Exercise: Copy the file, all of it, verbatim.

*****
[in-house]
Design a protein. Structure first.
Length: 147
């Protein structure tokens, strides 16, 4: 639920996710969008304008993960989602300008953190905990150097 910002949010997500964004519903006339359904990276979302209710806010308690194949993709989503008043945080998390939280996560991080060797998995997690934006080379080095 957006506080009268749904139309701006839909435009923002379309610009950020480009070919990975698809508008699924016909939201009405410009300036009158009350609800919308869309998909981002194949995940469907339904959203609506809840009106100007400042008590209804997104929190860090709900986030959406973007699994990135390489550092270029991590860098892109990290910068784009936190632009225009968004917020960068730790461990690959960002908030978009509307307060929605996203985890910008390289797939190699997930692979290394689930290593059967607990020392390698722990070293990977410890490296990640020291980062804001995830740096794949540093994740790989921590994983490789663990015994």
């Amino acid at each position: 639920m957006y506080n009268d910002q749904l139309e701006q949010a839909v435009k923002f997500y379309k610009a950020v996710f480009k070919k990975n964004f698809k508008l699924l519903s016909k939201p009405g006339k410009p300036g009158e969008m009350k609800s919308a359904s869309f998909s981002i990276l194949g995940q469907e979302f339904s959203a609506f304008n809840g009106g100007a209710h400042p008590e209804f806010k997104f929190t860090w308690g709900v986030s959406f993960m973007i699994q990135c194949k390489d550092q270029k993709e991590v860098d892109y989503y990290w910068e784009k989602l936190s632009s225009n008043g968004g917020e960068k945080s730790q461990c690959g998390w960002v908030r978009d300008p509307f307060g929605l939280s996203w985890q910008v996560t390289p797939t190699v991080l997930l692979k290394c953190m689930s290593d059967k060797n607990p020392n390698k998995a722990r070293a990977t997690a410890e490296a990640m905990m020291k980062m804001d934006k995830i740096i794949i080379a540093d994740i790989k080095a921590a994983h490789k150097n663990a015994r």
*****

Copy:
[in-house]
Design a protein. Structure first.
Length: 147
């Protein structure tokens, strides 16, 4: 639920996710969008304008993960989602300008953190905990150097 910002949010997500964004519903006339359904990276979302209710806010308690194949993709989503008043945080998390939280996560991080060797998995997690934006080379080095 957006506080009268749904139309701006839909435009923002379309610009950020480009070919990975698809508008699924016909939201009405410009300036009158009350609800919308869309998909981002194949995940469907339904959203609506809840009106100007400042008590209804997104929190860090709900986030959406973007699994990135390489550092270029991590860098892109990290910068784009936190632009225009968004917020960068730790461990690959960002908030978009509307307060929605996203985890910008390289797939190699997930692979290394689930290593059967607990020392390698722990070293990977410890490296990640020291980062804001995830740096794949540093994740790989921590994983490789663990015994």
């Amino acid at each position: 639920m957006y506080n009268d910002q749904l139309e701006q949010a839909v435009k923002f997500y379309k610009a950020v996710f480009k070919k990975n964004f698809k508008l699924l519903s016909k939201p009405g006339k410009p300036g009158e969008m009350k609800s919308a359904s869309f998909s981002i990276l194949g995940q469907e979302f339904s959203a609506f304008n809840g009106g100007a209710h400042p008590e209804f806010k997104f929190t860090w308690g709900v986030s959406f993960m973007i699994q990135c194949k390489d550092q270029k993709e991590v860098d892109y989503y990290w910068e784009k989602l936190s632009s225009n008043g968004g917020e960068k945080s730790q461990c690959g998390w960002v908030r978009d300008p509307f307060g929605l939280s996203w985890q910008v996560t390289p797939t190699v991080l997930l692979k290394c953190m689930s290593d059967k060797n607990p020392n390698k998995a722990r070293a990977t997690a410890e490296a990640m905990m020291k980062m804001d934006k995830i740096i794949i080379a540093d994740i790989k080095a921590a994983h490789k150097n663990a015994r």